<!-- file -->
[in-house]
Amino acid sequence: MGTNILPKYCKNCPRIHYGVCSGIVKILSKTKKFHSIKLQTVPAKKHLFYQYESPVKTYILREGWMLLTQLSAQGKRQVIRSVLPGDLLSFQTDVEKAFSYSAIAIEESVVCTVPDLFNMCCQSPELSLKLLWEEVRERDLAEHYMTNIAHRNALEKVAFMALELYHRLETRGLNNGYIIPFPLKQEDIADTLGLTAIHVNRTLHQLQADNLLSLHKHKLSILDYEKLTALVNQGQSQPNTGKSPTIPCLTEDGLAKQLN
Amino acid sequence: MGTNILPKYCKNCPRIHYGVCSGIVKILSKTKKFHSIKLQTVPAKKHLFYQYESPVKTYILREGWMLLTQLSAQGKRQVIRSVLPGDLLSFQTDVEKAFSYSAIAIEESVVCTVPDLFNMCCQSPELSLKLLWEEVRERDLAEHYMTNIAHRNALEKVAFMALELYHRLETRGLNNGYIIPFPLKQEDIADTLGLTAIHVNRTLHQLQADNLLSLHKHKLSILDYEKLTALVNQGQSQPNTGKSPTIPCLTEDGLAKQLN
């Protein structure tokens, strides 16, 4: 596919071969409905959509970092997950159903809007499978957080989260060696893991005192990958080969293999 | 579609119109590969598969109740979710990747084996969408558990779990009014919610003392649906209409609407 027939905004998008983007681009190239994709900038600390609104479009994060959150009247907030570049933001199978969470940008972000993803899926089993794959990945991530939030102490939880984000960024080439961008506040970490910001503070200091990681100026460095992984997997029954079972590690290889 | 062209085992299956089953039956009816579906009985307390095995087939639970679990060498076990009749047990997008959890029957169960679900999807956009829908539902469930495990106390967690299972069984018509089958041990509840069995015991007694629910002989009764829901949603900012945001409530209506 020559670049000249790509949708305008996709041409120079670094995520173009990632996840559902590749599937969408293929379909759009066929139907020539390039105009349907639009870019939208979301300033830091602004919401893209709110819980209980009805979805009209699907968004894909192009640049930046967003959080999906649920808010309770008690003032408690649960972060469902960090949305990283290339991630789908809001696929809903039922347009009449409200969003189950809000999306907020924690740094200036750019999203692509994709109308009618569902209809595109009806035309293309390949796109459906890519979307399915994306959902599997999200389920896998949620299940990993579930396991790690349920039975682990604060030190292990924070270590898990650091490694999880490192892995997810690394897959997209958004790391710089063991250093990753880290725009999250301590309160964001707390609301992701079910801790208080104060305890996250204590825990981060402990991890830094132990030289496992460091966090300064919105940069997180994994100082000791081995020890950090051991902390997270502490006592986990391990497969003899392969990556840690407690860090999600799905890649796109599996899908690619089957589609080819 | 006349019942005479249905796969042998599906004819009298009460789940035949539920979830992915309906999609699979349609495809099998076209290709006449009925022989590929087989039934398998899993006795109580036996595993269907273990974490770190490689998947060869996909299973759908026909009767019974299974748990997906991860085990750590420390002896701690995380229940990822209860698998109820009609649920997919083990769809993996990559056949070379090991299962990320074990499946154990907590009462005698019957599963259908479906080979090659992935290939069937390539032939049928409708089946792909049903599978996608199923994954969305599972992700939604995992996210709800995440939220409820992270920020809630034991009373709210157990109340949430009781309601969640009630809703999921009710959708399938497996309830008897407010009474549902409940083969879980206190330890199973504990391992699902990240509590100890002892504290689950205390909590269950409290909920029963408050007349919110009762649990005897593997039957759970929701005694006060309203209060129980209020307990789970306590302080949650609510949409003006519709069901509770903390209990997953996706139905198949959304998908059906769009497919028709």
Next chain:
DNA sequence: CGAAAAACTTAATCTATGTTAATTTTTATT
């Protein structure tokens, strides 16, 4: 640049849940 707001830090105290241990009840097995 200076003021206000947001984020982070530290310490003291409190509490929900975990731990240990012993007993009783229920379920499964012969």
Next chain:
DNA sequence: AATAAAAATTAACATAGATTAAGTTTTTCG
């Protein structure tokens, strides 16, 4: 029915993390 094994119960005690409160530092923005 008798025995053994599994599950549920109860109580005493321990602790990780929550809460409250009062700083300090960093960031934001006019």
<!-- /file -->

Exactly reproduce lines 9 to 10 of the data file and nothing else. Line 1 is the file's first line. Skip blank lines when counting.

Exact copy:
DNA sequence: AATAAAAATTAACATAGATTAAGTTTTTCG
């Protein structure tokens, strides 16, 4: 029915993390 094994119960005690409160530092923005 008798025995053994599994599950549920109860109580005493321990602790990780929550809460409250009062700083300090960093960031934001006019």